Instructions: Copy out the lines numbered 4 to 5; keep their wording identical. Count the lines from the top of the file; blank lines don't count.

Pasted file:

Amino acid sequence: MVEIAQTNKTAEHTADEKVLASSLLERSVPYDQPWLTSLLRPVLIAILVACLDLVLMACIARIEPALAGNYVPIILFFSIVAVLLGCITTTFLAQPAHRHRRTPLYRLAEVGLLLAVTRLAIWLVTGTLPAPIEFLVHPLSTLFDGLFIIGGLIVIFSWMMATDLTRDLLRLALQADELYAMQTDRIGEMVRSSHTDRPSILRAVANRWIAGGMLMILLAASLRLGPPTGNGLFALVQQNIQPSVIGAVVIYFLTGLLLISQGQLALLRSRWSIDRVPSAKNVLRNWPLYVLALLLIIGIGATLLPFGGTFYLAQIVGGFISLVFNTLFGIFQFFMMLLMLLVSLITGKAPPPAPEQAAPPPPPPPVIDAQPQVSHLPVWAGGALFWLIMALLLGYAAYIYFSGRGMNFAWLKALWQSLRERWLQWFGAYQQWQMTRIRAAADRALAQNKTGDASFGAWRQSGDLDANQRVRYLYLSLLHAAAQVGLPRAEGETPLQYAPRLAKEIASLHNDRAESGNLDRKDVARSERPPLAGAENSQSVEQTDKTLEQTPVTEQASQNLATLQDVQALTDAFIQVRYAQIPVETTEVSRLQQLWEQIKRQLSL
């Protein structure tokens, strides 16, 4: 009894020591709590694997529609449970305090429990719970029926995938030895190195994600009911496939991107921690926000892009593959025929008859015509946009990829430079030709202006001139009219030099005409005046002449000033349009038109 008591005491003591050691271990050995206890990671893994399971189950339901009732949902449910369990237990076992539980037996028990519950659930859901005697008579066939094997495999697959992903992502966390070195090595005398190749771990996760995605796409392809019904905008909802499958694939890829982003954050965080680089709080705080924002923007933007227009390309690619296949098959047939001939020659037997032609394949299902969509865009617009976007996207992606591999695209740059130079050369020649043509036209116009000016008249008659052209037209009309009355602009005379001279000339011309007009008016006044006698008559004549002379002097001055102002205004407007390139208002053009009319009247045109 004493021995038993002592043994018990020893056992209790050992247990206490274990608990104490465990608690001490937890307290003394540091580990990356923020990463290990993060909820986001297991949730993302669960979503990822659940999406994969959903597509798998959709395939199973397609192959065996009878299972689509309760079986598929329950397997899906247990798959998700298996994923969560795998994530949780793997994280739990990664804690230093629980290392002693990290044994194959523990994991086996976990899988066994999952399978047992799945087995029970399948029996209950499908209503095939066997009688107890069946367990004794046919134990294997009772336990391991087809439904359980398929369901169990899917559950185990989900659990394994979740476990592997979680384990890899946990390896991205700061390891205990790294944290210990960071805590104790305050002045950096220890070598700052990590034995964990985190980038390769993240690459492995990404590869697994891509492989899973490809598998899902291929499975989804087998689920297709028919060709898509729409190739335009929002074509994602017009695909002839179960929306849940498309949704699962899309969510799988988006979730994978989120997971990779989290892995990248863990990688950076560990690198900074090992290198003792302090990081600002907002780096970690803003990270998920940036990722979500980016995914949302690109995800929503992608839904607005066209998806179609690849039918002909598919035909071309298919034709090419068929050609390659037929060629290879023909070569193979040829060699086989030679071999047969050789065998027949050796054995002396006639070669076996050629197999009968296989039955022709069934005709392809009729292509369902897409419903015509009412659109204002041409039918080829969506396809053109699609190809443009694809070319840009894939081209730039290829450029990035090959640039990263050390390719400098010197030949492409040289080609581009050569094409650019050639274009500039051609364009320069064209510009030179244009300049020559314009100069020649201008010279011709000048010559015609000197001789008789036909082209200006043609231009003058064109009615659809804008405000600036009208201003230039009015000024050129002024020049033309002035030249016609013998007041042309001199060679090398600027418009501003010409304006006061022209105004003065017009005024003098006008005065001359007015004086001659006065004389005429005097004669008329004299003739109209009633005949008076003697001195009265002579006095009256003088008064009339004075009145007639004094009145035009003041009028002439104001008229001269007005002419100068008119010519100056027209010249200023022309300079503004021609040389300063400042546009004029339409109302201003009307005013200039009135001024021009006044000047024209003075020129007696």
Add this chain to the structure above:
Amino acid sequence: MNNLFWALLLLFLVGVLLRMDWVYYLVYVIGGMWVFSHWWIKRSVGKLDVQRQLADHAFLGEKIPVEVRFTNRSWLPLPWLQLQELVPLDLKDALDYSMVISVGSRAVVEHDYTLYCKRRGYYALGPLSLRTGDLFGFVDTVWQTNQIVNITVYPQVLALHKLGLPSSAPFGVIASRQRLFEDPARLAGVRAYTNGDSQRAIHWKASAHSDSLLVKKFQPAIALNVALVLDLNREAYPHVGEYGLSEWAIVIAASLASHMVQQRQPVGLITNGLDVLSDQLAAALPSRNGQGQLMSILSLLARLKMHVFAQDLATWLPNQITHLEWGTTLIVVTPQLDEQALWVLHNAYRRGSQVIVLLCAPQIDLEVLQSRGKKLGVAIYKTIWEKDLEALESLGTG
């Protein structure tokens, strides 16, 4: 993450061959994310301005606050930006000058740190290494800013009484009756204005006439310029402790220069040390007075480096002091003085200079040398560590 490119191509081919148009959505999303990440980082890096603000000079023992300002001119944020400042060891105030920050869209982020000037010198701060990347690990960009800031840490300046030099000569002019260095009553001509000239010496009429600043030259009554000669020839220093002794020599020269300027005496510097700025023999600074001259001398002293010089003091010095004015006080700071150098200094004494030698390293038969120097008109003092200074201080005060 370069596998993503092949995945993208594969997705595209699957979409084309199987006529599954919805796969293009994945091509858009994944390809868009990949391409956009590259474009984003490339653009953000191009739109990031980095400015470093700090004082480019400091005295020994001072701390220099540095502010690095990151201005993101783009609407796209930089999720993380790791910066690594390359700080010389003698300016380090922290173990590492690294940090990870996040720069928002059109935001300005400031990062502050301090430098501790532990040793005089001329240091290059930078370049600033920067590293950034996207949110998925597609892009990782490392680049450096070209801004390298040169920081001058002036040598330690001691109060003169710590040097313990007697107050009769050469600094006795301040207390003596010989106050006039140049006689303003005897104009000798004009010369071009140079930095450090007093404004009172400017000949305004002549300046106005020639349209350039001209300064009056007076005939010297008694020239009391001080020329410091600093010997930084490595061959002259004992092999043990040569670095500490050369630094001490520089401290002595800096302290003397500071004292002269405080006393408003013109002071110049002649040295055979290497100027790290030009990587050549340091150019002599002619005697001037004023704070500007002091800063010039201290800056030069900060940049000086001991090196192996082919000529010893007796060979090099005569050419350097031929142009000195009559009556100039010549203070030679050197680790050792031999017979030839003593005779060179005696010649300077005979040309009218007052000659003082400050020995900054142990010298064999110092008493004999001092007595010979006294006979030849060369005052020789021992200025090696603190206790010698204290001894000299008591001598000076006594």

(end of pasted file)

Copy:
Amino acid sequence: MNNLFWALLLLFLVGVLLRMDWVYYLVYVIGGMWVFSHWWIKRSVGKLDVQRQLADHAFLGEKIPVEVRFTNRSWLPLPWLQLQELVPLDLKDALDYSMVISVGSRAVVEHDYTLYCKRRGYYALGPLSLRTGDLFGFVDTVWQTNQIVNITVYPQVLALHKLGLPSSAPFGVIASRQRLFEDPARLAGVRAYTNGDSQRAIHWKASAHSDSLLVKKFQPAIALNVALVLDLNREAYPHVGEYGLSEWAIVIAASLASHMVQQRQPVGLITNGLDVLSDQLAAALPSRNGQGQLMSILSLLARLKMHVFAQDLATWLPNQITHLEWGTTLIVVTPQLDEQALWVLHNAYRRGSQVIVLLCAPQIDLEVLQSRGKKLGVAIYKTIWEKDLEALESLGTG
């Protein structure tokens, strides 16, 4: 993450061959994310301005606050930006000058740190290494800013009484009756204005006439310029402790220069040390007075480096002091003085200079040398560590 490119191509081919148009959505999303990440980082890096603000000079023992300002001119944020400042060891105030920050869209982020000037010198701060990347690990960009800031840490300046030099000569002019260095009553001509000239010496009429600043030259009554000669020839220093002794020599020269300027005496510097700025023999600074001259001398002293010089003091010095004015006080700071150098200094004494030698390293038969120097008109003092200074201080005060 370069596998993503092949995945993208594969997705595209699957979409084309199987006529599954919805796969293009994945091509858009994944390809868009990949391409956009590259474009984003490339653009953000191009739109990031980095400015470093700090004082480019400091005295020994001072701390220099540095502010690095990151201005993101783009609407796209930089999720993380790791910066690594390359700080010389003698300016380090922290173990590492690294940090990870996040720069928002059109935001300005400031990062502050301090430098501790532990040793005089001329240091290059930078370049600033920067590293950034996207949110998925597609892009990782490392680049450096070209801004390298040169920081001058002036040598330690001691109060003169710590040097313990007697107050009769050469600094006795301040207390003596010989106050006039140049006689303003005897104009000798004009010369071009140079930095450090007093404004009172400017000949305004002549300046106005020639349209350039001209300064009056007076005939010297008694020239009391001080020329410091600093010997930084490595061959002259004992092999043990040569670095500490050369630094001490520089401290002595800096302290003397500071004292002269405080006393408003013109002071110049002649040295055979290497100027790290030009990587050549340091150019002599002619005697001037004023704070500007002091800063010039201290800056030069900060940049000086001991090196192996082919000529010893007796060979090099005569050419350097031929142009000195009559009556100039010549203070030679050197680790050792031999017979030839003593005779060179005696010649300077005979040309009218007052000659003082400050020995900054142990010298064999110092008493004999001092007595010979006294006979030849060369005052020789021992200025090696603190206790010698204290001894000299008591001598000076006594």